The fallen chief executive says the government planned to privatise the national mail carrier to boost its own bottom line. But Christine Holgate had other plans. By Karen Middleton.
How Christine Holgate lost her job trying to save Australia Post
The story of Christine Holgate’s removal as chief executive of Australia’s postal service goes well beyond what she says was a prime minister and a chairman bullying a woman out of her job.
It is now also the story of an alleged secret plan to run down, break up and sell off bits of Australia Post – a plan intended to boost the government’s bottom line – and of tactics employed to get rid of an executive standing in the way.
This week, Holgate placed on the public record a body of evidence suggesting Prime Minister Scott Morrison’s enraged attack on her integrity in parliament last year was part of a much bigger government agenda.
At the time, Morrison said Holgate should stand aside or “go” after it was revealed she used Australia Post funds to reward four executives with $5000 Cartier watches. Holgate says the watches were meant to be “something special” in gratitude for a Bank @ Post deal that had earned the taxpayer hundreds of millions of dollars.
“They brought in $220 million,” she told Sky News on Wednesday. “They saved banking in rural and regional Australia. Everyone seems to forget that small fact. This was an incredible – the biggest – investment into Australia Post made from the outside in our whole history.”
Morrison and colleagues have said repeatedly that the decision did not “pass the pub test”. On October 22 last year, within hours of the watches revelation, Morrison told parliament Holgate had been instructed to stand down. He said he was “appalled” and that the gifts were “disgraceful”.
The behind-the-scenes events before and after that attack have now been dragged into public view. They form a bigger picture.
On Tuesday, Holgate provided documents to a senate inquiry into Australia Post, suggesting the government’s agenda involved splitting off and selling its lucrative parcel service, which could damage the organisation’s profitability, resulting in permanently reduced mail and banking services, particularly in rural and regional areas. It could also cost thousands of jobs.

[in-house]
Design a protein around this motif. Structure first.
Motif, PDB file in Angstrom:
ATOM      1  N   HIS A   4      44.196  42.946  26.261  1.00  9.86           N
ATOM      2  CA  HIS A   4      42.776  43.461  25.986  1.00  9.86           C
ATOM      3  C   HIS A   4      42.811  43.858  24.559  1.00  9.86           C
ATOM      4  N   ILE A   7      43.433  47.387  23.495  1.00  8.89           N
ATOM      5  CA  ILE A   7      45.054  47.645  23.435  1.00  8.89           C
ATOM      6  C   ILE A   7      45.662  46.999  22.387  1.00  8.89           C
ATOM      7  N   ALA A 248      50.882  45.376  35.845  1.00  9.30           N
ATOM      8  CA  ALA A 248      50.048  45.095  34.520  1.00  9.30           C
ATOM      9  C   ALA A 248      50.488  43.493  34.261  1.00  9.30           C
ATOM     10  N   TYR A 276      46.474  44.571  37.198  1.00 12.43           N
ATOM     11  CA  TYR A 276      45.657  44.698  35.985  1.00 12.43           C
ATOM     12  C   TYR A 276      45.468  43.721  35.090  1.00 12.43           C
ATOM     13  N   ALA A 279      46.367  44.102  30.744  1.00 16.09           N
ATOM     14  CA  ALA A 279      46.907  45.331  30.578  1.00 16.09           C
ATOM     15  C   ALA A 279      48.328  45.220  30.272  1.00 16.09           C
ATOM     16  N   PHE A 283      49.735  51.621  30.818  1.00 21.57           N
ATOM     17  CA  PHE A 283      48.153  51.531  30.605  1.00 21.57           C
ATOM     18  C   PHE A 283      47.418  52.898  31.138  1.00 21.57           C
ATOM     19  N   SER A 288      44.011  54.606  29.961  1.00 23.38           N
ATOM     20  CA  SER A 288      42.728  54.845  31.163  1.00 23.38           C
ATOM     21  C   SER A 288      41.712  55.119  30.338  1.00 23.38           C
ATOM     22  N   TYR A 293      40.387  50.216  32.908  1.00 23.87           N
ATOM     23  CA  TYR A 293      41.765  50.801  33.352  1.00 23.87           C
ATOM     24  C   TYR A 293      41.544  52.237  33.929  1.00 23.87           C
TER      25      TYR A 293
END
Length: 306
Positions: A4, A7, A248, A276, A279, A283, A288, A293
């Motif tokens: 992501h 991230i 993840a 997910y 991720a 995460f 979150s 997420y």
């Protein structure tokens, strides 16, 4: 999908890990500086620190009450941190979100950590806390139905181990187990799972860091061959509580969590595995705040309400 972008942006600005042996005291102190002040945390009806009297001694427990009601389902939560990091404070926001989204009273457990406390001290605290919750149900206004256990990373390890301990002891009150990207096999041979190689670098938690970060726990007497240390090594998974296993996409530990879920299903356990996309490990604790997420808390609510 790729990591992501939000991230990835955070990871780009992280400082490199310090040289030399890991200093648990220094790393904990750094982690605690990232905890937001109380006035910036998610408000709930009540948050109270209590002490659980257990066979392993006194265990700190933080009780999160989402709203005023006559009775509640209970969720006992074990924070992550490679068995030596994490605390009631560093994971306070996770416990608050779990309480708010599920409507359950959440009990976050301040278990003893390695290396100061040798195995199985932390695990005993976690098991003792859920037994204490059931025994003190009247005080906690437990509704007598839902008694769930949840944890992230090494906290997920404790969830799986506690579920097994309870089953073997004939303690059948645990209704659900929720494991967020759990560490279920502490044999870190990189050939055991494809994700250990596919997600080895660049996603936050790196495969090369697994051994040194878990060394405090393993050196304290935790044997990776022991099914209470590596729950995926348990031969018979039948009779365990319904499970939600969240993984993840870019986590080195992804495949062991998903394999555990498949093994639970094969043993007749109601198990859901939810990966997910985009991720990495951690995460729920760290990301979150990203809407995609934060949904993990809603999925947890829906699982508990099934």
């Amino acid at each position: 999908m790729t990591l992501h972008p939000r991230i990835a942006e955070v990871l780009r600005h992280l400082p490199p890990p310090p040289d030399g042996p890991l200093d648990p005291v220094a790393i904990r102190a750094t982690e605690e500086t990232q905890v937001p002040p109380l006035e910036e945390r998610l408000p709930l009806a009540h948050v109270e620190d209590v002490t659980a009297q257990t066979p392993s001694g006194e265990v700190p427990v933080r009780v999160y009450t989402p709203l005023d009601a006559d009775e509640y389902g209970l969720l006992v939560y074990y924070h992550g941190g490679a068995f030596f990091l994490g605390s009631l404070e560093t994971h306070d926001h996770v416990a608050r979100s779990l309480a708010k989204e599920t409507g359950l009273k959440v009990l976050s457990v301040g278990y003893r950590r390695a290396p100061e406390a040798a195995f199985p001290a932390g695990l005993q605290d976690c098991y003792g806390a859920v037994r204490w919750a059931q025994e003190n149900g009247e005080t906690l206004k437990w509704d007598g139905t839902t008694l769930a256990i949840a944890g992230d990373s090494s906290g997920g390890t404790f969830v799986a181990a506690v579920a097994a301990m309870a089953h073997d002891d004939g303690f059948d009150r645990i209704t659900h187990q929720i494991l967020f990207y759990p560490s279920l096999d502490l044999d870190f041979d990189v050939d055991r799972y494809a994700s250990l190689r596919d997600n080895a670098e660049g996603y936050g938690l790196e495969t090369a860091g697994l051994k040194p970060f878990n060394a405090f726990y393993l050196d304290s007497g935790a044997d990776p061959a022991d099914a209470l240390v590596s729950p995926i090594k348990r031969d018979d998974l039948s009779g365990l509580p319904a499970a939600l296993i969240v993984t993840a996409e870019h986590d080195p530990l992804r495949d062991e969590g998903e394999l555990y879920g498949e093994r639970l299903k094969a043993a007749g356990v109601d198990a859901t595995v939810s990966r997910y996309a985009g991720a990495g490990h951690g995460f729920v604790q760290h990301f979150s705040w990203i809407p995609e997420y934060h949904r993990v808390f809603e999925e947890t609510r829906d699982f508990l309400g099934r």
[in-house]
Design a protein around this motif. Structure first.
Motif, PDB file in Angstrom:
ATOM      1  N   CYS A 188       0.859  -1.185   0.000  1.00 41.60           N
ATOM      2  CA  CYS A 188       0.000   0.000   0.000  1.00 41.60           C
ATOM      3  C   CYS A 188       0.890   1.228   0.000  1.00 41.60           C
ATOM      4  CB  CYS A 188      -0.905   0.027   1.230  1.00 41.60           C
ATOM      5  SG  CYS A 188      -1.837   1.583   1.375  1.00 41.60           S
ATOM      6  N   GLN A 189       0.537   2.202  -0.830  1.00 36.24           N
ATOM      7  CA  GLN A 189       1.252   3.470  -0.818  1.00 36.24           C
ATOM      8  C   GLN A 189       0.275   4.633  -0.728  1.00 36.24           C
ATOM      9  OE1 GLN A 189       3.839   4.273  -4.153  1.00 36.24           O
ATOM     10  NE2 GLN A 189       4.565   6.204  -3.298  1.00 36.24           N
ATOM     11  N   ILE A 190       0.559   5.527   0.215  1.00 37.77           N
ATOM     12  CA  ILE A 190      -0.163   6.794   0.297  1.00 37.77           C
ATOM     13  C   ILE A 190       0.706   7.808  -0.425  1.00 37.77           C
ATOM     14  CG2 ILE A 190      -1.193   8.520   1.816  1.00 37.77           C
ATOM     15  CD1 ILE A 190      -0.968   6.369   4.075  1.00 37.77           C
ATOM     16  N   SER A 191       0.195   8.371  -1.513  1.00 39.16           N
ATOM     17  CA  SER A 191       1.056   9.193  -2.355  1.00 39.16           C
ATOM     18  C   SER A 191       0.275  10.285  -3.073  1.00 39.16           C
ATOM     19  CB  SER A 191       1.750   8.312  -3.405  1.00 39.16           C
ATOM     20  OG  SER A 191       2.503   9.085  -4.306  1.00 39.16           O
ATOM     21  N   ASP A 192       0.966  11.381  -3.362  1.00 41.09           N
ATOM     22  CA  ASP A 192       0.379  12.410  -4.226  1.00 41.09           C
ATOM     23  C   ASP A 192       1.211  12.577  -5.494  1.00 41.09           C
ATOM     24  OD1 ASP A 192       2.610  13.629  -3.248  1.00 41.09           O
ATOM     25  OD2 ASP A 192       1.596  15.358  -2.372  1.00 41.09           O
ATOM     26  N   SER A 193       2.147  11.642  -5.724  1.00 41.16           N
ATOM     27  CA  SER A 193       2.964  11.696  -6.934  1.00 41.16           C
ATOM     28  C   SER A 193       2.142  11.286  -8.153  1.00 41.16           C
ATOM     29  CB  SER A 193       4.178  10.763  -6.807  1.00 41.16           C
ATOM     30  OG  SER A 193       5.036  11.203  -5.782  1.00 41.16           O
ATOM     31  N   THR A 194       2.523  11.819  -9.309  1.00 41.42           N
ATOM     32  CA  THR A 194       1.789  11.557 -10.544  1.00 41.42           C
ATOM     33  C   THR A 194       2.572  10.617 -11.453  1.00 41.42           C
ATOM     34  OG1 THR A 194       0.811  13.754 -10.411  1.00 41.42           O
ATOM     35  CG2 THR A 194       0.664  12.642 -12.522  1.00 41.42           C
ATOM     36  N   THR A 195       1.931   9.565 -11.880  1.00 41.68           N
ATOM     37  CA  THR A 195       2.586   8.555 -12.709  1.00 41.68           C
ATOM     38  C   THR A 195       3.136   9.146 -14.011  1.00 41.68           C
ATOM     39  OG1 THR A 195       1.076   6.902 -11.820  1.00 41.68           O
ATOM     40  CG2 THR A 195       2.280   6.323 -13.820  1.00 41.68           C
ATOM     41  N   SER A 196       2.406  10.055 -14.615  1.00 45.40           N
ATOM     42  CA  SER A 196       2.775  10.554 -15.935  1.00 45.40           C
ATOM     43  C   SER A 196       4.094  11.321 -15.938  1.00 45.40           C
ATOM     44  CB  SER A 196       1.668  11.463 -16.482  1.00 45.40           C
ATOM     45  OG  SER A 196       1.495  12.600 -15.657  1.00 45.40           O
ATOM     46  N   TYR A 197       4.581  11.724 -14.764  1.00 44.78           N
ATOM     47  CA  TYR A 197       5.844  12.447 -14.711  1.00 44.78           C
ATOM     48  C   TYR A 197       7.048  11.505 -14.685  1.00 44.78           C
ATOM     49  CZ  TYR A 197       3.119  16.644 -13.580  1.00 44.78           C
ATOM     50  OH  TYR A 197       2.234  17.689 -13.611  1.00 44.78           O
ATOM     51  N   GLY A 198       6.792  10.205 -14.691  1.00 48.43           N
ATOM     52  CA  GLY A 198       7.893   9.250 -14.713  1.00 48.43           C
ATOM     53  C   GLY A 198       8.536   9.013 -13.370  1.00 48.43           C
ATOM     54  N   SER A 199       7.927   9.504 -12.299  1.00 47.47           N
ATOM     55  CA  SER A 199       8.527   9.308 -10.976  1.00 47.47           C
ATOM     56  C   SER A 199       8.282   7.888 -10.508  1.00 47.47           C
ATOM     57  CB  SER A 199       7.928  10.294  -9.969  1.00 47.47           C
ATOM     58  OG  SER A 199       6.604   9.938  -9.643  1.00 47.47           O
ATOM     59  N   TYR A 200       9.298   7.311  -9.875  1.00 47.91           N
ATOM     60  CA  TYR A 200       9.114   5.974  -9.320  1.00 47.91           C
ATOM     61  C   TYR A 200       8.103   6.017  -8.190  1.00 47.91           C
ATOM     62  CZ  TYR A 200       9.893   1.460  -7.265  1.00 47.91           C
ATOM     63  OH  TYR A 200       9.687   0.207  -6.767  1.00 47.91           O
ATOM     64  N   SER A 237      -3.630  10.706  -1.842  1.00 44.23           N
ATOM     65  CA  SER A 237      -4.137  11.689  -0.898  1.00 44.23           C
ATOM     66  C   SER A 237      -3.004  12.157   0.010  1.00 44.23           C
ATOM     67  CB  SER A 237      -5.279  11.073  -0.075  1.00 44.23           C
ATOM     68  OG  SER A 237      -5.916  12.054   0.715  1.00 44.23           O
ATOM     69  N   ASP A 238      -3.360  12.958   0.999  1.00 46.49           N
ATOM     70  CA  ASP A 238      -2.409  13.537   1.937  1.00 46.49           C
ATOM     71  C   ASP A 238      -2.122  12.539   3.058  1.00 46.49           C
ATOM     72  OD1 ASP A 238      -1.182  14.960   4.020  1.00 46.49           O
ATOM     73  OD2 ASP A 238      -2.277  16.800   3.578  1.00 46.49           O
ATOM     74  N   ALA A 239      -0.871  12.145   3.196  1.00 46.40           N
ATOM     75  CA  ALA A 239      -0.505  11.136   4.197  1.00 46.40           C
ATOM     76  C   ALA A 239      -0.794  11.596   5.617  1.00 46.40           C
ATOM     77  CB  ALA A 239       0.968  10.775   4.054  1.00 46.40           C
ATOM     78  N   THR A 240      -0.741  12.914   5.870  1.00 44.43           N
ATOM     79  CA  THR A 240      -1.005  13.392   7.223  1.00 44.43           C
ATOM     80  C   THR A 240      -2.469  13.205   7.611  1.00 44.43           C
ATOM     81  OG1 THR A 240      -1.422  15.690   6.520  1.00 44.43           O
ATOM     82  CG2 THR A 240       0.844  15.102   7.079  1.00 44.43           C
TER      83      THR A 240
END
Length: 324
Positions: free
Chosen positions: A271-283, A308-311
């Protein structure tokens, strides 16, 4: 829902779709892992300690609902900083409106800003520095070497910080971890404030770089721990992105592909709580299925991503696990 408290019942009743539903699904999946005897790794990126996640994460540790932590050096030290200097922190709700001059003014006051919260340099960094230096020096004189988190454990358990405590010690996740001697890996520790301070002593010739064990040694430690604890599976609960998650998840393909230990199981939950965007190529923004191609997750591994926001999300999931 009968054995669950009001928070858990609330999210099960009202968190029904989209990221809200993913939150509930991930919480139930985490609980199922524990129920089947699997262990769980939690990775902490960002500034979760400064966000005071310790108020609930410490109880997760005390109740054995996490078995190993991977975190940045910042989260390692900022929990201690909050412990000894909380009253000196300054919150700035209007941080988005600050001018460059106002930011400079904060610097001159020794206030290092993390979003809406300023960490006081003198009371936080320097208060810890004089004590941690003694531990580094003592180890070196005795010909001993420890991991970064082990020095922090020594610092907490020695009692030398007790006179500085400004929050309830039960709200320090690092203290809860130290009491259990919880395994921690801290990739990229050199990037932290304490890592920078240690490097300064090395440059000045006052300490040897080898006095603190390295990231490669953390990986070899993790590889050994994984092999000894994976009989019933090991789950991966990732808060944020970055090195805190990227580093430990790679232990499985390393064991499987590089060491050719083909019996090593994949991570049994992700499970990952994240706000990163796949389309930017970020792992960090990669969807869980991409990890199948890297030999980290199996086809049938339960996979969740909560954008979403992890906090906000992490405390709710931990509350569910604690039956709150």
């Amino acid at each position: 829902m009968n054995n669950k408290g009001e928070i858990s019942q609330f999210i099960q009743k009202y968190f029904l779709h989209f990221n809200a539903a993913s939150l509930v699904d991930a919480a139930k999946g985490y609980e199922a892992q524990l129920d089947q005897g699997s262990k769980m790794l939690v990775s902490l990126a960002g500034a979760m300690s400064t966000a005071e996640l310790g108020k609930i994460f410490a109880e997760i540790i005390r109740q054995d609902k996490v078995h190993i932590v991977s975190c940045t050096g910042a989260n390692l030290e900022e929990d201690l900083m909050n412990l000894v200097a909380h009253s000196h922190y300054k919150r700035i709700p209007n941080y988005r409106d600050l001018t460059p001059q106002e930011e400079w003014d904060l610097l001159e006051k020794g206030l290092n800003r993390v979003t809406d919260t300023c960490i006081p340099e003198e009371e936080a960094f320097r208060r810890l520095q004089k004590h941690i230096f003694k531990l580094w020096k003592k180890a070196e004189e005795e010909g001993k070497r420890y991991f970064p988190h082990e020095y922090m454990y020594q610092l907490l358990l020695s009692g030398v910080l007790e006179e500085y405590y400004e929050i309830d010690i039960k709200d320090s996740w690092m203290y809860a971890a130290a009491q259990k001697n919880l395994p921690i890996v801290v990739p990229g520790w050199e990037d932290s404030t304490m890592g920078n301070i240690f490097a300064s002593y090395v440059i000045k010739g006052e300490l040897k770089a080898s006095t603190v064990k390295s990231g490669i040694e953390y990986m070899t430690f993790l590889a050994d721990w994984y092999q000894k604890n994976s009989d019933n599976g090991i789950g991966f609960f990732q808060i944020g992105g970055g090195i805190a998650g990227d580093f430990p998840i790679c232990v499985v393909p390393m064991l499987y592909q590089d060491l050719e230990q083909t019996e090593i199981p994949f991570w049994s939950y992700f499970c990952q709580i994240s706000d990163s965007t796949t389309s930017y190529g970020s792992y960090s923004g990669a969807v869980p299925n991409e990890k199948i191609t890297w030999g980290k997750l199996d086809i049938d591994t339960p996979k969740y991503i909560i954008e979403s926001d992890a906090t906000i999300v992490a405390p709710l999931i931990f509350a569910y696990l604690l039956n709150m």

She is hinting strongly – without alleging it outright – that Morrison seized on the luxury watches to whip up public controversy and force her out of her job.
“The simple truth is I was bullied out of my job,” Holgate told the senate committee. “I was humiliated and driven to despair. I was thrown under the bus so the chairman of Australia Post could curry favour with his political masters. But I’m still here and I’m stronger for surviving it.”
Lucio Di Bartolomeo – the agency’s chairman, who ultimately stood down the chief executive – has praised Holgate’s work but rejected her assertions.
Holgate is now taking a scorched-earth approach to setting the record straight.
She insists she has not quit – despite the government announcing her replacement, Paul Graham of Woolworths, on the morning she was due to give evidence.
She says she drafted an unsigned resignation letter, which she sent the chairman on November 2 last year, after a media report suggested she had resigned. At the same time she asked for clarification of his view on her position, warning she would go public.
But she says she never signed the letter or actually resigned.
The government insists she did resign and rejects her version of events. This week, she foreshadowed possible legal action.
On Wednesday, Morrison said he regretted if his language and demand for her resignation had upset the highly accomplished executive. He has declined to offer her the public apology she seeks.
“It was a willing day in the parliament,” Morrison said of his October 22 statement. “The language in the parliament was very strong. It was not my intention to cause distress to Christine Holgate and I regret any distress that that strong language may have caused to her and indeed did cause to her. That was not my intention.”